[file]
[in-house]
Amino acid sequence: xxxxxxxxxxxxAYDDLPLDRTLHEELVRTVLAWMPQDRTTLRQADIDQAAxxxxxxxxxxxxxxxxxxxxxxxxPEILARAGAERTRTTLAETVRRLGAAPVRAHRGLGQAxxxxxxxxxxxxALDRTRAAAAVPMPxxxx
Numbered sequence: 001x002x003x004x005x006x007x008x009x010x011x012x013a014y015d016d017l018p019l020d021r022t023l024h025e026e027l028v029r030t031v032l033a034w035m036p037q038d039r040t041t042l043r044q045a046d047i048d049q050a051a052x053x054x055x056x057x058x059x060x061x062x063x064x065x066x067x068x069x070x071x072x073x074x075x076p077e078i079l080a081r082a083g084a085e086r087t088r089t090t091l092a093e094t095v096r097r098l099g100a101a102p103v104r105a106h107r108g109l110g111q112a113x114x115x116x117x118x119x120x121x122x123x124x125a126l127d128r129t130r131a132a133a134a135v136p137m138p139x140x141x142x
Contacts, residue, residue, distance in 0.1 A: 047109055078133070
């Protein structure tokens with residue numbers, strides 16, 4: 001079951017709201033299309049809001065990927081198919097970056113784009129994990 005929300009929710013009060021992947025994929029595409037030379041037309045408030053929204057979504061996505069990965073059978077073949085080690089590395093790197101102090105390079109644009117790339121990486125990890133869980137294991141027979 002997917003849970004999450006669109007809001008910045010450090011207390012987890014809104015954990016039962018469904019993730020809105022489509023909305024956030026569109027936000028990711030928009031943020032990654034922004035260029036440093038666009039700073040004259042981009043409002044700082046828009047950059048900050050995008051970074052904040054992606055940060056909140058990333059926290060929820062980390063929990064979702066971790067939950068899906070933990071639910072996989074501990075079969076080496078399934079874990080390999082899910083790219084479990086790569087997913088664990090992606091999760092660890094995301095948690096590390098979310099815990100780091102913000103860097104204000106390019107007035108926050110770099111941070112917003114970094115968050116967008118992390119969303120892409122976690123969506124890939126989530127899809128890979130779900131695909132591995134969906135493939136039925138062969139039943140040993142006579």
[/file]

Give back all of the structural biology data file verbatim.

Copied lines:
[in-house]
Amino acid sequence: xxxxxxxxxxxxAYDDLPLDRTLHEELVRTVLAWMPQDRTTLRQADIDQAAxxxxxxxxxxxxxxxxxxxxxxxxPEILARAGAERTRTTLAETVRRLGAAPVRAHRGLGQAxxxxxxxxxxxxALDRTRAAAAVPMPxxxx
Numbered sequence: 001x002x003x004x005x006x007x008x009x010x011x012x013a014y015d016d017l018p019l020d021r022t023l024h025e026e027l028v029r030t031v032l033a034w035m036p037q038d039r040t041t042l043r044q045a046d047i048d049q050a051a052x053x054x055x056x057x058x059x060x061x062x063x064x065x066x067x068x069x070x071x072x073x074x075x076p077e078i079l080a081r082a083g084a085e086r087t088r089t090t091l092a093e094t095v096r097r098l099g100a101a102p103v104r105a106h107r108g109l110g111q112a113x114x115x116x117x118x119x120x121x122x123x124x125a126l127d128r129t130r131a132a133a134a135v136p137m138p139x140x141x142x
Contacts, residue, residue, distance in 0.1 A: 047109055078133070
């Protein structure tokens with residue numbers, strides 16, 4: 001079951017709201033299309049809001065990927081198919097970056113784009129994990 005929300009929710013009060021992947025994929029595409037030379041037309045408030053929204057979504061996505069990965073059978077073949085080690089590395093790197101102090105390079109644009117790339121990486125990890133869980137294991141027979 002997917003849970004999450006669109007809001008910045010450090011207390012987890014809104015954990016039962018469904019993730020809105022489509023909305024956030026569109027936000028990711030928009031943020032990654034922004035260029036440093038666009039700073040004259042981009043409002044700082046828009047950059048900050050995008051970074052904040054992606055940060056909140058990333059926290060929820062980390063929990064979702066971790067939950068899906070933990071639910072996989074501990075079969076080496078399934079874990080390999082899910083790219084479990086790569087997913088664990090992606091999760092660890094995301095948690096590390098979310099815990100780091102913000103860097104204000106390019107007035108926050110770099111941070112917003114970094115968050116967008118992390119969303120892409122976690123969506124890939126989530127899809128890979130779900131695909132591995134969906135493939136039925138062969139039943140040993142006579």